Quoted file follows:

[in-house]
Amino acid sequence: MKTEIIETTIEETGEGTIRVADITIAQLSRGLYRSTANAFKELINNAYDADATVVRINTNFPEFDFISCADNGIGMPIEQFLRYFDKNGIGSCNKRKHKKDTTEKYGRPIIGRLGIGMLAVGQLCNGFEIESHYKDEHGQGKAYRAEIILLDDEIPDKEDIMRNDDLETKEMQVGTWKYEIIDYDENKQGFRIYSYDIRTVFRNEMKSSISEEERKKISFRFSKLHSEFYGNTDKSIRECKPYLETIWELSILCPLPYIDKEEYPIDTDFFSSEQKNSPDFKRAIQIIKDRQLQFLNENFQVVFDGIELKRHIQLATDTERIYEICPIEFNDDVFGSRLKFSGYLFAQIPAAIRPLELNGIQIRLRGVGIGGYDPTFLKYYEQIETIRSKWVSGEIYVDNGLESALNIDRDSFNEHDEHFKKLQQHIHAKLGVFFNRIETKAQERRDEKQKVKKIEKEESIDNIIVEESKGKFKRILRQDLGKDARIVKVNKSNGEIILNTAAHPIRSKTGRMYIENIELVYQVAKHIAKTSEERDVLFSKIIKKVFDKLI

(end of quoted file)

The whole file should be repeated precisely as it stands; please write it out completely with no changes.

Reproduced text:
[in-house]
Amino acid sequence: MKTEIIETTIEETGEGTIRVADITIAQLSRGLYRSTANAFKELINNAYDADATVVRINTNFPEFDFISCADNGIGMPIEQFLRYFDKNGIGSCNKRKHKKDTTEKYGRPIIGRLGIGMLAVGQLCNGFEIESHYKDEHGQGKAYRAEIILLDDEIPDKEDIMRNDDLETKEMQVGTWKYEIIDYDENKQGFRIYSYDIRTVFRNEMKSSISEEERKKISFRFSKLHSEFYGNTDKSIRECKPYLETIWELSILCPLPYIDKEEYPIDTDFFSSEQKNSPDFKRAIQIIKDRQLQFLNENFQVVFDGIELKRHIQLATDTERIYEICPIEFNDDVFGSRLKFSGYLFAQIPAAIRPLELNGIQIRLRGVGIGGYDPTFLKYYEQIETIRSKWVSGEIYVDNGLESALNIDRDSFNEHDEHFKKLQQHIHAKLGVFFNRIETKAQERRDEKQKVKKIEKEESIDNIIVEESKGKFKRILRQDLGKDARIVKVNKSNGEIILNTAAHPIRSKTGRMYIENIELVYQVAKHIAKTSEERDVLFSKIIKKVFDKLI